‘Cancer isn't the hardest part for him, it’s not seeing the boys’ - Dad undergoing life-saving treatment can’t see his three young sons
Published 10/08/2016 | 18:47
A young father-of-three has only been able to see his infant sons for a couple of hours over the past few months as he undergoes life-saving cancer treatment.
Richard Chute (26) from Cork was diagnosed with acute lymphoblastic leukaemia when he began complaining with swollen lymphs.
The navy officer was diagnosed in May and has only been able to see his twin sons Joshua and Elijah (2) and his 11-month-old baby Luke, a couple of times due to the risk of infection.
"He went into hospital one day and he never came home," his wife Valerie (27) told Independent.ie.
Richard is undergoing his second round of chemotherapy, which lowers his blood count and leaves him at risk of infection.
"During his first round of chemo he got a very bad infection and I’m just hoping this time he doesn’t. He can’t be around the children because they might pass on germs that can lead to an infection.
"He was able to see them for a couple of hours in the past two days because his blood cells are up," said Valerie.
Richard has a rare form of leukaemia and doctors say his best option is a bone marrow transplant which will happen in at St James’s hospital in October.
"Once he goes up to Dublin for the treatment in October he won’t be able to see the kids for three months. During his treatment he’ll be so prone to infection that he won’t even be able to drink tap water. It’s very bad but we’ll get through it."
Valerie has made a heartbreaking decision to leave the three young boys at home with family while she stays with Richard in Dublin during his treatment.
"So many things have been taken away from them that I couldn’t uproot them to Dublin and care for them and my husband. I’ll be in contact with Richard so I can’t be in contact with the kids.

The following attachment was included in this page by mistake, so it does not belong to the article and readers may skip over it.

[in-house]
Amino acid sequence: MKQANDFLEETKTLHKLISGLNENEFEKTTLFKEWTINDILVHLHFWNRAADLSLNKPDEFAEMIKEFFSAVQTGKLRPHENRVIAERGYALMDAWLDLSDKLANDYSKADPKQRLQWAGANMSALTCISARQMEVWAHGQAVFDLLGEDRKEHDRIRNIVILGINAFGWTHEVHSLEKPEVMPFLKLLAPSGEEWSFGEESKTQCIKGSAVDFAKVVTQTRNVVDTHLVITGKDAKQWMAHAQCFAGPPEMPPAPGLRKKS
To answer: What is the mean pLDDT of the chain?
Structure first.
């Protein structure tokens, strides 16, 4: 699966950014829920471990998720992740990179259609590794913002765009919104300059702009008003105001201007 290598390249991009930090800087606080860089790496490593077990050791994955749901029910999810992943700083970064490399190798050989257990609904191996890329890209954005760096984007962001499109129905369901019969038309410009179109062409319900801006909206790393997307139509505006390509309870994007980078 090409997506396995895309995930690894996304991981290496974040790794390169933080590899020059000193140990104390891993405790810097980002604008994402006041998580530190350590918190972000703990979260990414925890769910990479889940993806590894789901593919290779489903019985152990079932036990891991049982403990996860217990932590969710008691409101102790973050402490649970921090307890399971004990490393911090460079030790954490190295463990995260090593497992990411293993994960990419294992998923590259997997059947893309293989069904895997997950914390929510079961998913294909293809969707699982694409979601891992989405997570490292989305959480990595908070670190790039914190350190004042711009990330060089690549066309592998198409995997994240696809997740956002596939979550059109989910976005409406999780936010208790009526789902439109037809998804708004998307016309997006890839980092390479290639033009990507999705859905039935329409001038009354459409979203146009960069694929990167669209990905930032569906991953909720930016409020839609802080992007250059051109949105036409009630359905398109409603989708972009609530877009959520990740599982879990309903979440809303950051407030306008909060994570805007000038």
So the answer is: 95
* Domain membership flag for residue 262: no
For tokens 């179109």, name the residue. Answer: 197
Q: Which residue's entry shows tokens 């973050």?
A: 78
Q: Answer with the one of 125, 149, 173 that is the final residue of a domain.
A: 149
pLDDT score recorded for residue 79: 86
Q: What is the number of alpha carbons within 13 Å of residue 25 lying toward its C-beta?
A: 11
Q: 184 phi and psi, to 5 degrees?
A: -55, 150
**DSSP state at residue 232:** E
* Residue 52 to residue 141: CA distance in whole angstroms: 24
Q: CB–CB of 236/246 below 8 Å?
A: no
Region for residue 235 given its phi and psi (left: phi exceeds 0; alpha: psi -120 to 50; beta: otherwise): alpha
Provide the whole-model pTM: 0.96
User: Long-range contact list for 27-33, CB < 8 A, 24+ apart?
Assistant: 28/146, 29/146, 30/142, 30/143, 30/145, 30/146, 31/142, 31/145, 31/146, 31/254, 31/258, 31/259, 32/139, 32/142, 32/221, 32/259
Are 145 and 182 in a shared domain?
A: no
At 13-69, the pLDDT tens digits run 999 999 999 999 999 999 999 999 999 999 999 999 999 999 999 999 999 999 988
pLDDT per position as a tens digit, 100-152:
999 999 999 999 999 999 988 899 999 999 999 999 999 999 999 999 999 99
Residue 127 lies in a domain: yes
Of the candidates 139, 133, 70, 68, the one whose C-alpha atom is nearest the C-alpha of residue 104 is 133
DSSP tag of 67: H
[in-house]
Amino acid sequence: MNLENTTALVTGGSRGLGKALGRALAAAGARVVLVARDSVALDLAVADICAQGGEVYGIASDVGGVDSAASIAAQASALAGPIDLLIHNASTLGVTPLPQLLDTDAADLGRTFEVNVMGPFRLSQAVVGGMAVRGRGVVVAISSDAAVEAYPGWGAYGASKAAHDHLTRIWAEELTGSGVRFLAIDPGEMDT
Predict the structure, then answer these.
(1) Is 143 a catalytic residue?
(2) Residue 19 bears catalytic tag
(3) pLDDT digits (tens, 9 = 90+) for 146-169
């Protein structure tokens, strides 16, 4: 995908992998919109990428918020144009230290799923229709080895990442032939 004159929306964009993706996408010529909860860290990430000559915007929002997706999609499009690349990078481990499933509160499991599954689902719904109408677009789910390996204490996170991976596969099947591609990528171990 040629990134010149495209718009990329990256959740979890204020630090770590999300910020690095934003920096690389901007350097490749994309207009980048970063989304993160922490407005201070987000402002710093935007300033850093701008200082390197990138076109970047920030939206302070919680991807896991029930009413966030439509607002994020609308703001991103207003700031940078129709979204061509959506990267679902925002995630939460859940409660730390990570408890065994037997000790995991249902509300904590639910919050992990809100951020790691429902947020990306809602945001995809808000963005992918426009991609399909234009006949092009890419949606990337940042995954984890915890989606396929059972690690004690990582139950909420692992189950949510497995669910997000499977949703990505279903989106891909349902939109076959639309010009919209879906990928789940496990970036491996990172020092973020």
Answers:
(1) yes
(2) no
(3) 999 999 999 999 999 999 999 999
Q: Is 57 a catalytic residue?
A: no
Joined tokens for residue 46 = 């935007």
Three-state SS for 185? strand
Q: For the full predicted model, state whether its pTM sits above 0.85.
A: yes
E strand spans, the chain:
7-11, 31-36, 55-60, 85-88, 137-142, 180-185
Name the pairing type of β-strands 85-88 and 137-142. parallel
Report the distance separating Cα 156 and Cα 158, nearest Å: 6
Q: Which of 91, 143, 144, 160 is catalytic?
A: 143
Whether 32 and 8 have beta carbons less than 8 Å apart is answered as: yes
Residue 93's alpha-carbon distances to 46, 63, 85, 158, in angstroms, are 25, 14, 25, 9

"They’ll be staying with my family in Cork so at least they’ll be with people they love. It’s so hard. I’m not sure it’s a good idea, it’s probably the worst idea but it’s the best option and I’d regret it if I wasn’t there for Richard."
Valerie said during the six weeks of Richard’s bone transplant she’ll try and get home a couple of times to see the boys.
"They’re so young so I just trust it will be ok. I don’t know how I’m going to do it but I need to be with Richard. Hopefully we can make up for lost time with the children.
"All going well, he’ll be back home in three months but for the first three months he won’t be able to see them. We’re holding onto hope that he’ll be home in three months."
Valerie said the three children "miss him terribly" when he’s gone.
"It was ok at the beginning because he works in the navy and they were used to him being away but they just knew something was wrong. He went away one day and we had no idea he wouldn’t come back.
"They aren’t sleeping; they’re screaming and roaring to see him. We’re blessed they’re so young so they’re not asking questions.
"Richard is such a strong character as a father. He’s boss man. Even though they’re so young they’re acting out because he’s not here.
"The hardest part for Richard isn’t the cancer, it’s the boys. He tries to stay so positive with his treatment but it would be easier if he knew there weren’t three little boys depending on him. His biggest struggle is worrying about his babies."
Valerie said that the decision to be away from her children while she looks after Richard is heartbreaking but she knows she needs to do.
"Our consultant said "give us one year of your life and we’ll give you the rest of your life to be with your babies". Hopefully the boys will have their dad the rest of their lives."
Valerie set up a GoFundMe page to help cover the costs.
"We’re leaving the children at home so we need a night childminder as well as their ordinary childminder. They’ll be staying with family but it’s not fair to ask them to look after three boys under the age of two."
Valerie also needs help raising the costs of accommodation in Dublin so she can be with her husband.
"I had to swallow my pride asking people for help. Everyone has so much going on even with the costs of going back to school. I had no idea of how much we would raise. I’m in awe at how generous people have been."
You can donate to Richard’s GoFundMe page at https://www.gofundme.com/2h5w43w